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The Scriblerus Club

Duration:
45 minutes
First broadcast:
Thursday 09 June 2005

Melvyn Bragg and guests discuss the Scriblerus Club. The 18th century Club included some of the most extraordinary and vivid satirists ever to have written in the English language. We are given giants and midgets, implausible unions with Siamese twins, diving competitions into the open sewer of Fleet-ditch, and Olympic-style pissing competitions: "Who best can send on high/The salient spout, far streaming to the sky". But these exotic images were part of an attempt by Pope, Swift and their cadres to show a world in terrible decline: "Religion, blushing, veils her sacred fires,And unawares Morality expires.Nor public flame, nor private dares to shine;Nor human spark is left, nor glimpse divine!Lo! Thy dread empire, Chaos! Is restored:Light dies before thy uncreating word".So wrote Alexander Pope in his great mock epic verse, The Dunciad. Who were the Scriblerans? And what in eighteenth century society had driven them to such disdain and despair?With John Mullan, Senior Lecturer in English, University College London; Judith Hawley, Senior Lecturer in English, Royal Holloway, University of London; Marcus Walsh, Kenneth Allott Professor of English Literature, University of Liverpool.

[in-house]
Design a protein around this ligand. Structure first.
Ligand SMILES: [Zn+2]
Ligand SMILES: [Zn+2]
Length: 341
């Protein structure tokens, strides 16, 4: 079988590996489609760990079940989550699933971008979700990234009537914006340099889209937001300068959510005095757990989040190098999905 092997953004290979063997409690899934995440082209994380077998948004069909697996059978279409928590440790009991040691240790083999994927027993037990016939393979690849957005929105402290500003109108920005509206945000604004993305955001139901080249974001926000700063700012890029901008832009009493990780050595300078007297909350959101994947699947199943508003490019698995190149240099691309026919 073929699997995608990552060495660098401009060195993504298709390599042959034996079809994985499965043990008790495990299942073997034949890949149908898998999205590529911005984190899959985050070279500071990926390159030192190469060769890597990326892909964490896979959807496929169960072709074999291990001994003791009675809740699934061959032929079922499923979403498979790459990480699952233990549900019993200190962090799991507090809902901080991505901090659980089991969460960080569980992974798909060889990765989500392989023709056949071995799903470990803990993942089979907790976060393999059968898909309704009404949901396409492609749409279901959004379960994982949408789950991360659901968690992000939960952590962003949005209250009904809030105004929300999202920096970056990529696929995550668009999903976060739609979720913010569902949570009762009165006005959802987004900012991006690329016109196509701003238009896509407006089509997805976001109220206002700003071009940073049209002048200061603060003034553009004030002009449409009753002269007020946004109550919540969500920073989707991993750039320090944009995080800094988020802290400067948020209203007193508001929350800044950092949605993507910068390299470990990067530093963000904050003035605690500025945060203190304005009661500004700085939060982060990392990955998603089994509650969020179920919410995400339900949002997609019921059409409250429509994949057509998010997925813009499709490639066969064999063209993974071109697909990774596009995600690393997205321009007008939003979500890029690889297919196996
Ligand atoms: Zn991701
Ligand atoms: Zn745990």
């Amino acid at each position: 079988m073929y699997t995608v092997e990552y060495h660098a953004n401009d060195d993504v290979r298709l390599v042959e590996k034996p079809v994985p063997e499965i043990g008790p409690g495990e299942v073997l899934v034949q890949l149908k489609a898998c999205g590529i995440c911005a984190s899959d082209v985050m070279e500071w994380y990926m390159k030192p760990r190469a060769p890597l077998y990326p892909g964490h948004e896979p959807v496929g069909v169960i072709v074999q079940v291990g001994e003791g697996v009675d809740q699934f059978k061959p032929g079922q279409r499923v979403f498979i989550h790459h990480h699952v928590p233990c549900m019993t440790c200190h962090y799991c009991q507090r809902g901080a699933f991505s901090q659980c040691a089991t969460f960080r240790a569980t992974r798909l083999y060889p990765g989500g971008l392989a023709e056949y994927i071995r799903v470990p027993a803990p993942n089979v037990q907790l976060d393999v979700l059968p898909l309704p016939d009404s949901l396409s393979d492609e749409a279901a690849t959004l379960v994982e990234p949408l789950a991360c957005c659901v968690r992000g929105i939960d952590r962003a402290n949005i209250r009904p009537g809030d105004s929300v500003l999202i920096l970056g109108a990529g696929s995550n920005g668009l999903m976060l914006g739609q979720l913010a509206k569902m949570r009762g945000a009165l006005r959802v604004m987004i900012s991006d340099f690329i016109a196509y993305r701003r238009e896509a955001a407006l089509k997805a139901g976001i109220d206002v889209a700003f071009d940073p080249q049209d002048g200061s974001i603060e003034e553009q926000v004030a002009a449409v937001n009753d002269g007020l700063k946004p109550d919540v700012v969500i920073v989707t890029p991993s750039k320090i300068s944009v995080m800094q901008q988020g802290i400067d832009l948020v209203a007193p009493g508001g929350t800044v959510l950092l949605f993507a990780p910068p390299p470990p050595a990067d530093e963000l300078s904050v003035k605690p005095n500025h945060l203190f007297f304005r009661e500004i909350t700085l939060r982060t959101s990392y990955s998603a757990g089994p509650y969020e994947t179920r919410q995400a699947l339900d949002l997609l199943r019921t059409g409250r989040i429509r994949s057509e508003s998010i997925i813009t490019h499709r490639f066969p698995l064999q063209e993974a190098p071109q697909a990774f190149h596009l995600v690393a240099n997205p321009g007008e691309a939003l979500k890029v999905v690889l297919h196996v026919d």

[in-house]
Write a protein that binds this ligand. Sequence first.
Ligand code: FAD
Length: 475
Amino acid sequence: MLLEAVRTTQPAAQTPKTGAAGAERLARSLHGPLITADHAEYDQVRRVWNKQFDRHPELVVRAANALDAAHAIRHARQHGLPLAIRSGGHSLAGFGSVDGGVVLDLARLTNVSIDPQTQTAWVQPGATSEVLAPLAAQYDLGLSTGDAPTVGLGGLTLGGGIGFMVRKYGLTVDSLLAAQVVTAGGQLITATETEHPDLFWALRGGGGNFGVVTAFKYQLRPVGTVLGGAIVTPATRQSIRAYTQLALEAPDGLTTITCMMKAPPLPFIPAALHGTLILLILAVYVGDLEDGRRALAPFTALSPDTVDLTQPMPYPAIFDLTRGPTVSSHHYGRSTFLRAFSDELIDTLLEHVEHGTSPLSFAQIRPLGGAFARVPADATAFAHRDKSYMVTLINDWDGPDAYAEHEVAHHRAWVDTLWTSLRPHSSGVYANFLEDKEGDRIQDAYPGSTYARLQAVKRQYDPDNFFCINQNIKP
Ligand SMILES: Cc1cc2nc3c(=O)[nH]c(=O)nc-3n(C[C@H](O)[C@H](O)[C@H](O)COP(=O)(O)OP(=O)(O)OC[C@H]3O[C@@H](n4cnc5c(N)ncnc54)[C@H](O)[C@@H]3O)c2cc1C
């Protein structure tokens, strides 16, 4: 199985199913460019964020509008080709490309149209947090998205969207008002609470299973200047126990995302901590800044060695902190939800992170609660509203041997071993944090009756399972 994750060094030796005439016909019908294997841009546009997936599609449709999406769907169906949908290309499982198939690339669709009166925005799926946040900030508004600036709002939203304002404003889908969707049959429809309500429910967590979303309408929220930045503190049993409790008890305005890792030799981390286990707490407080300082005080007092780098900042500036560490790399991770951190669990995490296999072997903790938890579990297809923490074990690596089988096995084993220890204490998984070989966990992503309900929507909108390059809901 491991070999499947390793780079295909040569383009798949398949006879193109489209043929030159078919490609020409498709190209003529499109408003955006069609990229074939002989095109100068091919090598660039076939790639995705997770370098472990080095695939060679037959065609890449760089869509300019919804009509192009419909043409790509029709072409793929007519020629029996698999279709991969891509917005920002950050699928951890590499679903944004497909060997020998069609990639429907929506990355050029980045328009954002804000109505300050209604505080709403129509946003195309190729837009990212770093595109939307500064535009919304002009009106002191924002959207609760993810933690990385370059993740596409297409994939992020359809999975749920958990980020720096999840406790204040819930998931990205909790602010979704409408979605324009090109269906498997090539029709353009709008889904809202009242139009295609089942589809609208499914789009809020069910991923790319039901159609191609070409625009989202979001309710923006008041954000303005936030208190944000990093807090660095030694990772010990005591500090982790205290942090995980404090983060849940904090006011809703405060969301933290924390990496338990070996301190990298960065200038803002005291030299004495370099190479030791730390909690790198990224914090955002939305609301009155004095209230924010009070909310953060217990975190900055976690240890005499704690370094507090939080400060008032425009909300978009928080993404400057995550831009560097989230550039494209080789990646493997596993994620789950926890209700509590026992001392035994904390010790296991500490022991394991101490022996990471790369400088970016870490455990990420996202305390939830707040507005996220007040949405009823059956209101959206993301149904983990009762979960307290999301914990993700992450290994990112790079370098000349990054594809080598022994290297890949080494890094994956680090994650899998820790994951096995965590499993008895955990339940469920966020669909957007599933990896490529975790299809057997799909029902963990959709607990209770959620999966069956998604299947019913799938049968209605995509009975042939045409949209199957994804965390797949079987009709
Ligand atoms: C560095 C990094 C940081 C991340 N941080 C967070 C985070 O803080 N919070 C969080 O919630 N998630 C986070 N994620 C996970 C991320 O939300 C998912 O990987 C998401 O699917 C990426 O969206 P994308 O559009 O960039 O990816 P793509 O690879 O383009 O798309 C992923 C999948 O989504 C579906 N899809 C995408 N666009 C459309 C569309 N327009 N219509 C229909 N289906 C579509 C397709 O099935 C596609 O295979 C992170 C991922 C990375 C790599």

• Further Reading

    Further Reading

    Memoirs of Martinus Scriblerus (1741)

    John Gay

    Fables (1727, 1738)

    The Beggar's Opera (1728)

    Jonathan Swift

    The Battle of the Books (1704)

    A Tale of a Tub (1704)

    Drapier Letters (1724)

    A Modest Proposal (1729)

    Gulliver's Travels (1726)

    Alexander Pope

    Pastorals (1709)

    Windsor Forest (1713)

    Essay on Criticism (1711)

    The Rape of the Lock (1714)

    Imitations of Horace (1733-38)

    An Essay on Man (1734)

    Moral Essays (1731-35)

    The Dunciad (1728-43),

    Pope also translated the The Iliad (1720) and The Odyssey (1725-26) and edited Shakespeare (1725)

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